Sept. 4 (Bloomberg) -- European stocks were little changed as Vodafone Group Plc led telecommunications shares higher and as investors waited for a U.S. Senate committee to vote on a resolution enabling President Barack Obama to attack Syria.
Vodafone added 2.2 percent as it rebounded from yesterday’s biggest drop in two months. Ryanair slumped the most in more than five years after Europe’s largest discount airline said full-year profit may fall short of its forecast range. ProSiebenSat.1 Media AG lost 5 percent after a holding company for investments owned by KKR & Co. and Permira Advisers LLP said it is selling shares in the broadcaster.
The Stoxx 600 added 0.2 percent to 302.34 at the close of trading, after earlier declining as much as 0.7 percent. The gauge lost 2.4 percent last week on concern the U.S. and its allies would take military action following suspected chemical-weapon attacks on Aug. 21 that the Obama administration said killed more than 1,400 people.
“You have a lot of risk in the coming weeks with the situation in Syria,” Guillaume Duchesne, an equity strategist at BGL BNP Paribas SA in Luxembourg, said by telephone. “On the macro picture in Europe, the view was so negative over the last few years. We don’t expect big negative figures again, but only flat figures. For financial markets, that’s good news.”
A Eurostat report today confirmed that second-quarter gross domestic product in the 17-nation euro area grew 0.3 percent from the previous three-month period. That matched the median estimate of economists surveyed by Bloomberg News.
The Senate Foreign Relations Committee votes on a resolution that restricts the use of force by the U.S. military against President Bashar al-Assad’s regime to 90 days. The proposals explicitly fail to authorize the use of ground troops in combat. The Senate’s Democratic leadership supports the resolution, according to an aide who asked not to be identified commenting before a vote.
National benchmark indexes advanced in 12 of the 18 western-European markets today. France’s CAC 40 and Germany’s DAX gained 0.2 percent. The U.K.’s FTSE 100 rose 0.1 percent. The number of shares changing hands in Stoxx 600-listed companies was 12 percent greater than the average of the past 30 days, data compiled by Bloomberg showed.
Italy’s FTSE MIB Index declined 1.4 percent as the Repubblica newspaper reported that former Italian Prime Minister Silvio Berlusconi may consider withdrawing his support for the coalition government.
Vodafone rose 2.2 percent to 207 pence. The mobile-phone operator yesterday fell 5 percent after confirming that it will sell its 45 percent stake in Verizon Wireless to Verizon Communications Inc.
A gauge of telecommunications companies posted the best performance among the 19 industry groups in the Stoxx 600. France’s Orange SA climbed 1.6 percent to 8.05 euros.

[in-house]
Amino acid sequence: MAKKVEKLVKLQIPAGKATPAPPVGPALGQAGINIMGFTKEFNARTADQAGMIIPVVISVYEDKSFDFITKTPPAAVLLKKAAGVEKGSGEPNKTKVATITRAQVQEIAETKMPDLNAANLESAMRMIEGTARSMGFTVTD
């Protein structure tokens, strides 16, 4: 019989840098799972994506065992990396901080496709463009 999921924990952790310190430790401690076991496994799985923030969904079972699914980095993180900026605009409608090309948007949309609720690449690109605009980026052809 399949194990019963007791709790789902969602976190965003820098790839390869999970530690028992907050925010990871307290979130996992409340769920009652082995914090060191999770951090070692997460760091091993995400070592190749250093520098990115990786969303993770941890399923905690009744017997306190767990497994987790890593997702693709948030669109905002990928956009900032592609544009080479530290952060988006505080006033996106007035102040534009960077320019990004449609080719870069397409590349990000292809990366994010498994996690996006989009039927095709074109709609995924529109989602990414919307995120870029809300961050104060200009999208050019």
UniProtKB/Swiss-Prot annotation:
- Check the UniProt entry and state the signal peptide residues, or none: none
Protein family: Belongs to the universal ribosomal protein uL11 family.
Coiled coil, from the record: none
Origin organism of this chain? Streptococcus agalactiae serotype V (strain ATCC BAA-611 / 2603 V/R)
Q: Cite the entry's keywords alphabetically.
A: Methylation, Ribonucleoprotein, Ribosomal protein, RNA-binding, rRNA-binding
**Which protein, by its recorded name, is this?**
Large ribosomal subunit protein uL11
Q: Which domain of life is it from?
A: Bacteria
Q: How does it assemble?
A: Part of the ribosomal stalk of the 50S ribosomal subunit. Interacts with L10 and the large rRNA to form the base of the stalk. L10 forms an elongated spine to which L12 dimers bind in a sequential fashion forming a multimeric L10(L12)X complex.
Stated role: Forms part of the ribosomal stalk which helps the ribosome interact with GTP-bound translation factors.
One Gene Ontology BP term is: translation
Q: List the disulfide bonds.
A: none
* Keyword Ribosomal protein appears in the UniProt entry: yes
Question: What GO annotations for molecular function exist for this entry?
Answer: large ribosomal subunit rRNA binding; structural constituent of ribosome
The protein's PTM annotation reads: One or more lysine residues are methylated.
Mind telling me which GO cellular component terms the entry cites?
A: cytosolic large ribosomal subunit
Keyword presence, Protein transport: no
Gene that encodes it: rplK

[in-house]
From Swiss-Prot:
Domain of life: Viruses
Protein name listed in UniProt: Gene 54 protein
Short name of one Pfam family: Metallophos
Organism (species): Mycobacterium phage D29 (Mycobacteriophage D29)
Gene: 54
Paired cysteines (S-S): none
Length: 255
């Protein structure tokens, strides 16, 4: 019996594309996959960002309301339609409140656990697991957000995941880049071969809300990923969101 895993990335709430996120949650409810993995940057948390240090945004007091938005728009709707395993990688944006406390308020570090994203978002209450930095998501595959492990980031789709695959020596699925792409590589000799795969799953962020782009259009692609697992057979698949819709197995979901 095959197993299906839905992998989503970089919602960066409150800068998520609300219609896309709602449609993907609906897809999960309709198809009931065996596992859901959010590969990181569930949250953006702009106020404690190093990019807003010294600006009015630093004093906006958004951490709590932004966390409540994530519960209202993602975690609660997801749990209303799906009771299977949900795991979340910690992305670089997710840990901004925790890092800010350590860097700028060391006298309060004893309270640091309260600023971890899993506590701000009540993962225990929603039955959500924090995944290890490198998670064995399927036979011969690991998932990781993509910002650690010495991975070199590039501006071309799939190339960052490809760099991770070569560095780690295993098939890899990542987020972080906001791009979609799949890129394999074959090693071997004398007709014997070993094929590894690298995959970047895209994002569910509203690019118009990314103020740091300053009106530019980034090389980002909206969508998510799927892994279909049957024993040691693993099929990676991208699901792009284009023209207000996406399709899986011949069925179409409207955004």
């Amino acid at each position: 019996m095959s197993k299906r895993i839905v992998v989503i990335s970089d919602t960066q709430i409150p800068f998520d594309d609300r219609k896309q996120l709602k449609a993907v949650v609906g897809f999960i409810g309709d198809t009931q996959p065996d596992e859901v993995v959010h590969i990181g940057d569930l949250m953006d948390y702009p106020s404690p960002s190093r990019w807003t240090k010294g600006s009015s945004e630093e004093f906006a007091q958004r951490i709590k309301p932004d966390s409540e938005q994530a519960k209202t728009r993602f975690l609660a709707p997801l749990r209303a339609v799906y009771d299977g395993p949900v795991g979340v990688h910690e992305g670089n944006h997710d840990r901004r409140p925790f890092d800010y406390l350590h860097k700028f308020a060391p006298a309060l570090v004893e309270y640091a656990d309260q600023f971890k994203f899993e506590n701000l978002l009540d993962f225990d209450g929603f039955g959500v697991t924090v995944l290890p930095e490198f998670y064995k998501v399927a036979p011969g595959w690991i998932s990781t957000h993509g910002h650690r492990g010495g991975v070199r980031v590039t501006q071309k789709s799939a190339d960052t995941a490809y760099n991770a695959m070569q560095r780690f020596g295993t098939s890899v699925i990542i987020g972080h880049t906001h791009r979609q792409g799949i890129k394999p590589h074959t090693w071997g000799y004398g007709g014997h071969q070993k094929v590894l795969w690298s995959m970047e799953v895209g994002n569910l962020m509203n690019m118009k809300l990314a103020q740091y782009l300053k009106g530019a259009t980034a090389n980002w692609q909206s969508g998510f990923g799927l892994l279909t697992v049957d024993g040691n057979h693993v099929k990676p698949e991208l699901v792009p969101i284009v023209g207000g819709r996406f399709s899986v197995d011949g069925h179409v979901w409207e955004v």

Finmeccanica SpA gained 3.6 percent to 4.05 euros. Italy’s largest aerospace company and U.S. private-equity firm First Reserve agreed on the terms to sell a majority stake in power-plant construction unit Ansaldo Energia SpA to South Korea’s Doosan Heavy Industries, Reuters reported, citing an unidentified source with direct knowledge of the situation.
SAS Group rallied 10 percent to 14.80 kronor. The Nordic region’s largest airline exceeded its profitability target in its fiscal third quarter, helped by lower payroll costs and higher passenger revenue. Profit before tax rose 54 percent to 1.12 billion kronor ($170 million) in the three months through July. Nordea Equity Research had estimated 1.05 billion kronor.
Ryanair slumped 13 percent to 5.87 euros. The Dublin-based company said that full-year net income may fall short of its forecast range of 570 million euros ($753 million) to 600 million euros. Chief Executive Officer Michael O’Leary said greater competition on prices and increased capacity had contributed to lower fares in September, October and November.
EasyJet Plc, Europe’s second-biggest discount airline, sank 5.1 percent to 1,215 pence. An index of travel and leisure companies lost 1.6 percent, the largest decline of the 19 industry groups in the Stoxx 600.
ProSiebenSat.1 dropped 5 percent to 30.68 euros. KKR and Permira are selling a stake valued at more than 760 million euros through Lavena, a holding company. The private-equity investors will still hold about 33 percent of ProSiebenSat.1 after the sale. Lavena said it is selling the 25 million shares through an accelerated bookbuild.
Iliad SA fell 2.7 percent to 179 euros. Xavier Niel, the founder of the French low-cost mobile-phone carrier, sold a 3 percent stake valued at about 320 million euros based on yesterday’s closing price. Niel still has a controlling holding of 55.3 percent, Paris-based Iliad said in a statement.
Delhaize Group retreated 7.5 percent to 46 euros, its biggest drop since May 2012. The owner of the Food Lion supermarket chain said Frans Muller will take over as chief executive officer on Nov. 8. The retailer also announced that Roland Smith has resigned as the CEO of Delhaize America. Exane BNP Paribas SA’s Andrew Gwynn wrote that the shares may fall because Smith has left the company’s U.S. subsidiary.
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